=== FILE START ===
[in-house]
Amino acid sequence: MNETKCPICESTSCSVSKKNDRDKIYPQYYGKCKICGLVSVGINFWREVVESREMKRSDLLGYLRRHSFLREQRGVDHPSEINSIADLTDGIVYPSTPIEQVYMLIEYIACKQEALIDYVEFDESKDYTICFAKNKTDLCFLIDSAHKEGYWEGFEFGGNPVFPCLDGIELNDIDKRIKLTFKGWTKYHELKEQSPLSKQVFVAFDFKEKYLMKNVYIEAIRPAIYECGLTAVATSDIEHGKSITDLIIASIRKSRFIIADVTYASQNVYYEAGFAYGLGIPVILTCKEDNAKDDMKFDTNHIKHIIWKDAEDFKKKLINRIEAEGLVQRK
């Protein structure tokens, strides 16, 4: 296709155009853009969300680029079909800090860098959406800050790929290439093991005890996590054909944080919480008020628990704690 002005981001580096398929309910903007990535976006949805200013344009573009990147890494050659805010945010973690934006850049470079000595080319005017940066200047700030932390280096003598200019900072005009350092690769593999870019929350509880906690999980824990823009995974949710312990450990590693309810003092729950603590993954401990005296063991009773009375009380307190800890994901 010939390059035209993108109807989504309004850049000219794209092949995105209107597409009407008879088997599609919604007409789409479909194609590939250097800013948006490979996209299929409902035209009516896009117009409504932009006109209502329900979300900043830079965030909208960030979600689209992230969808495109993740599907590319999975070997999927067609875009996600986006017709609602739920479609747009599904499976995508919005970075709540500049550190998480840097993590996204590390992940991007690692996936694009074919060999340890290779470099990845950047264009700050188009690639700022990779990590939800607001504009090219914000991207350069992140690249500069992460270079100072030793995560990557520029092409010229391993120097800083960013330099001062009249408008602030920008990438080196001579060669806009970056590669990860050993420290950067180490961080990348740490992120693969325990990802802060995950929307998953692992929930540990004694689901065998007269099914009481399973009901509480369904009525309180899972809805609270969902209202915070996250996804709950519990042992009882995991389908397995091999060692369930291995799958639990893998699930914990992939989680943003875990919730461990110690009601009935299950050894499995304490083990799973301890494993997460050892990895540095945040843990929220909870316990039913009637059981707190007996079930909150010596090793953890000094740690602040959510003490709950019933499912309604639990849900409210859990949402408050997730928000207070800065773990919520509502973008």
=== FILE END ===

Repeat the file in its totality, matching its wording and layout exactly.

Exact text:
[in-house]
Amino acid sequence: MNETKCPICESTSCSVSKKNDRDKIYPQYYGKCKICGLVSVGINFWREVVESREMKRSDLLGYLRRHSFLREQRGVDHPSEINSIADLTDGIVYPSTPIEQVYMLIEYIACKQEALIDYVEFDESKDYTICFAKNKTDLCFLIDSAHKEGYWEGFEFGGNPVFPCLDGIELNDIDKRIKLTFKGWTKYHELKEQSPLSKQVFVAFDFKEKYLMKNVYIEAIRPAIYECGLTAVATSDIEHGKSITDLIIASIRKSRFIIADVTYASQNVYYEAGFAYGLGIPVILTCKEDNAKDDMKFDTNHIKHIIWKDAEDFKKKLINRIEAEGLVQRK
């Protein structure tokens, strides 16, 4: 296709155009853009969300680029079909800090860098959406800050790929290439093991005890996590054909944080919480008020628990704690 002005981001580096398929309910903007990535976006949805200013344009573009990147890494050659805010945010973690934006850049470079000595080319005017940066200047700030932390280096003598200019900072005009350092690769593999870019929350509880906690999980824990823009995974949710312990450990590693309810003092729950603590993954401990005296063991009773009375009380307190800890994901 010939390059035209993108109807989504309004850049000219794209092949995105209107597409009407008879088997599609919604007409789409479909194609590939250097800013948006490979996209299929409902035209009516896009117009409504932009006109209502329900979300900043830079965030909208960030979600689209992230969808495109993740599907590319999975070997999927067609875009996600986006017709609602739920479609747009599904499976995508919005970075709540500049550190998480840097993590996204590390992940991007690692996936694009074919060999340890290779470099990845950047264009700050188009690639700022990779990590939800607001504009090219914000991207350069992140690249500069992460270079100072030793995560990557520029092409010229391993120097800083960013330099001062009249408008602030920008990438080196001579060669806009970056590669990860050993420290950067180490961080990348740490992120693969325990990802802060995950929307998953692992929930540990004694689901065998007269099914009481399973009901509480369904009525309180899972809805609270969902209202915070996250996804709950519990042992009882995991389908397995091999060692369930291995799958639990893998699930914990992939989680943003875990919730461990110690009601009935299950050894499995304490083990799973301890494993997460050892990895540095945040843990929220909870316990039913009637059981707190007996079930909150010596090793953890000094740690602040959510003490709950019933499912309604639990849900409210859990949402408050997730928000207070800065773990919520509502973008």